IFRS 9: helping banks support households and businesses
30 March 2020: ICAEW’s Philippa Kelly outlines the PRA’s measures to ensure IFRS 9 Financial Instruments effectively reflects the nature of lending related to COVID-19.
The Prudential Regulation Authority’s ‘Dear CEO’ letter of 26 March provided some much-needed clarity for banks on the application of IFRS 9 Financial Instruments to lending made or modified as a result of COVID-19.
In the letter Sam Woods, CEO of the PRA outlined:
The need for high-quality governance
Additional overlays and post-model adjustments will be necessary to deal with the economic uncertainty created by COVID- 19. This makes developing and probability weighting economic scenarios even more difficult and means traditional drivers of credit risk won’t give an accurate picture of what borrowers may be expected to do in future. Governance needs to be even stronger to ensure the resulting information is robust and consistent.
Banks need to take a balanced approach
Being overly prudent will not be helpful when it comes to economic recovery. The PRA assumes a short, sharp shock, with activity returning to near previous levels, therefore customers should be considered in the long term.
Making use of payment holidays and other government schemes is not a trigger
Difficulties due to COVID-19 are more likely to be temporary. Therefore, in the absence of other indicators that the borrower is unlikely to pay, making use of a payment holiday or other government relief should not trigger a default or be considered an indicator of a significant increase in credit risk.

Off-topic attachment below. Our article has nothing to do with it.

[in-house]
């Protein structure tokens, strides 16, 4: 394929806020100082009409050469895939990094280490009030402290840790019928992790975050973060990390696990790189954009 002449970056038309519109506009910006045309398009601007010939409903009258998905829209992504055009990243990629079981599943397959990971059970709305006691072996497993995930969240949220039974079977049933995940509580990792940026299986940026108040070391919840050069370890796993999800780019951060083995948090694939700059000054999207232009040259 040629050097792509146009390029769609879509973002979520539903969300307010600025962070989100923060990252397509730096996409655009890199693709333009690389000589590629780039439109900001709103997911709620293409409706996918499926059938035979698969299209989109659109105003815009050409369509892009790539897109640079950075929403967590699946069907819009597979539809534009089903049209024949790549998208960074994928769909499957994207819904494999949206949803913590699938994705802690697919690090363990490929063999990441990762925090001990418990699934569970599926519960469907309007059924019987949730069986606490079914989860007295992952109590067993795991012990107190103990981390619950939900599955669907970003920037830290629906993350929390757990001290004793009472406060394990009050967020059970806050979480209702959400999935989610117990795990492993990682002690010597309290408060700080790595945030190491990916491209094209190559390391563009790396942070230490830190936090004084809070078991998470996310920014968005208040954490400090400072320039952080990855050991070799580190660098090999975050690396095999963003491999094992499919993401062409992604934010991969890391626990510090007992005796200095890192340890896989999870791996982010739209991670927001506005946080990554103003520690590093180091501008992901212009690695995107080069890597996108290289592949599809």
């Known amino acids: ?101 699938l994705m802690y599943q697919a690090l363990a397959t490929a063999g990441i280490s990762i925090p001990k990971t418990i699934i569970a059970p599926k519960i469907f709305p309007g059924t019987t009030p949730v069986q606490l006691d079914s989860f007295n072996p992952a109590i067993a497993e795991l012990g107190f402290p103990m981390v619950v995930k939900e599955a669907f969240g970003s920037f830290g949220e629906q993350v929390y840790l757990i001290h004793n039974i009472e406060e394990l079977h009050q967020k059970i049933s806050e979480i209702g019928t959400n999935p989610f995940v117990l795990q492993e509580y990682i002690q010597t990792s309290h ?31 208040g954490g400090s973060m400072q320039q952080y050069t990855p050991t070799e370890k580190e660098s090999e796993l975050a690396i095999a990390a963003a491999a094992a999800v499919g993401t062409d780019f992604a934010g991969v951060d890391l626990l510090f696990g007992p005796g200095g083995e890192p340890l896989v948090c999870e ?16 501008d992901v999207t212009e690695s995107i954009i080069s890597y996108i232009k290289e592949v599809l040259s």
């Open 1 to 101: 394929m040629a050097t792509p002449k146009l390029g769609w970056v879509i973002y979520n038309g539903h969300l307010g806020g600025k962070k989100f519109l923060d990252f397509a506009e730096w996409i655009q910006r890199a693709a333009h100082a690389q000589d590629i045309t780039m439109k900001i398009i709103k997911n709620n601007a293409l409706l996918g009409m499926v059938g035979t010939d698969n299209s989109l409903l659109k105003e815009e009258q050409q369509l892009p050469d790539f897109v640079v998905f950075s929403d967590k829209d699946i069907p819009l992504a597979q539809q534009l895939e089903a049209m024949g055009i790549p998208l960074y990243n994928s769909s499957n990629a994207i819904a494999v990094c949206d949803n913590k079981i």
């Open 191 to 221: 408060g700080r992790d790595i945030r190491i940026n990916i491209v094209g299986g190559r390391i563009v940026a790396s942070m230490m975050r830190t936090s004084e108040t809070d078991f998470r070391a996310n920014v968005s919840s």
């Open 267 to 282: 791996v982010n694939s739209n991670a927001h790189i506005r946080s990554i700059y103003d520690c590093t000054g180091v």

COVID-19-related covenant breaches are not like normal covenant breaches
COVID-19 presents several auditing and reporting challenges which make covenant breaches more likely. For example, a modified audit report due to COVID-19 issues should not automatically trigger a breach.
The measures in the letter will undoubtedly help ensure the smooth flow of government- promised cash to individuals and businesses suffering because of coronavirus. However, practical and intellectual difficulties remain for banks in ensuring that reporting requirements, and the related capital impacts, don’t act as a barrier to lending.
To further alleviate these, regulators could help to shape a base case scenario for economic modelling. In addition to government-backed support, giving further clarity around the drive for consistency, and how it would apply when banks are extending their own various support mechanisms to customers at this challenging time, would also be beneficial.
For more news, analysis and guidance for accountants on the ongoing COVID-19 crisis visit ICAEW’s dedicated Coronavirus Hub.